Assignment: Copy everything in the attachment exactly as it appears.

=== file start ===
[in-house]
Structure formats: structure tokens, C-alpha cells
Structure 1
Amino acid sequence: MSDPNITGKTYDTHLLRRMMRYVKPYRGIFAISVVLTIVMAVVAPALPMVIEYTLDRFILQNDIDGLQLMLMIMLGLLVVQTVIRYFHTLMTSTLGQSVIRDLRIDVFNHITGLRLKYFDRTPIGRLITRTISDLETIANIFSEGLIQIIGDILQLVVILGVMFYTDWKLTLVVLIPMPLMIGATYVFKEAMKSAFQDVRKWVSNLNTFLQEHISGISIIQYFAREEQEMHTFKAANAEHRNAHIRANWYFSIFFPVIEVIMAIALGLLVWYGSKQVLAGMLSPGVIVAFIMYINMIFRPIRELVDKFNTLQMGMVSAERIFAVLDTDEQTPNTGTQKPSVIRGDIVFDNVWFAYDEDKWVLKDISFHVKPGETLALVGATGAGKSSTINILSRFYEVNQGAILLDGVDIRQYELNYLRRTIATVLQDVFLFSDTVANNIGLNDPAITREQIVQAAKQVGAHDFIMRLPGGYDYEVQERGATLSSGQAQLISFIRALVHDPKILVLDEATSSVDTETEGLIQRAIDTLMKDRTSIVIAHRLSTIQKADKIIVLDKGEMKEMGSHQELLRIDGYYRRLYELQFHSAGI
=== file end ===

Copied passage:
[in-house]
Structure formats: structure tokens, C-alpha cells
Structure 1
Amino acid sequence: MSDPNITGKTYDTHLLRRMMRYVKPYRGIFAISVVLTIVMAVVAPALPMVIEYTLDRFILQNDIDGLQLMLMIMLGLLVVQTVIRYFHTLMTSTLGQSVIRDLRIDVFNHITGLRLKYFDRTPIGRLITRTISDLETIANIFSEGLIQIIGDILQLVVILGVMFYTDWKLTLVVLIPMPLMIGATYVFKEAMKSAFQDVRKWVSNLNTFLQEHISGISIIQYFAREEQEMHTFKAANAEHRNAHIRANWYFSIFFPVIEVIMAIALGLLVWYGSKQVLAGMLSPGVIVAFIMYINMIFRPIRELVDKFNTLQMGMVSAERIFAVLDTDEQTPNTGTQKPSVIRGDIVFDNVWFAYDEDKWVLKDISFHVKPGETLALVGATGAGKSSTINILSRFYEVNQGAILLDGVDIRQYELNYLRRTIATVLQDVFLFSDTVANNIGLNDPAITREQIVQAAKQVGAHDFIMRLPGGYDYEVQERGATLSSGQAQLISFIRALVHDPKILVLDEATSSVDTETEGLIQRAIDTLMKDRTSIVIAHRLSTIQKADKIIVLDKGEMKEMGSHQELLRIDGYYRRLYELQFHSAGI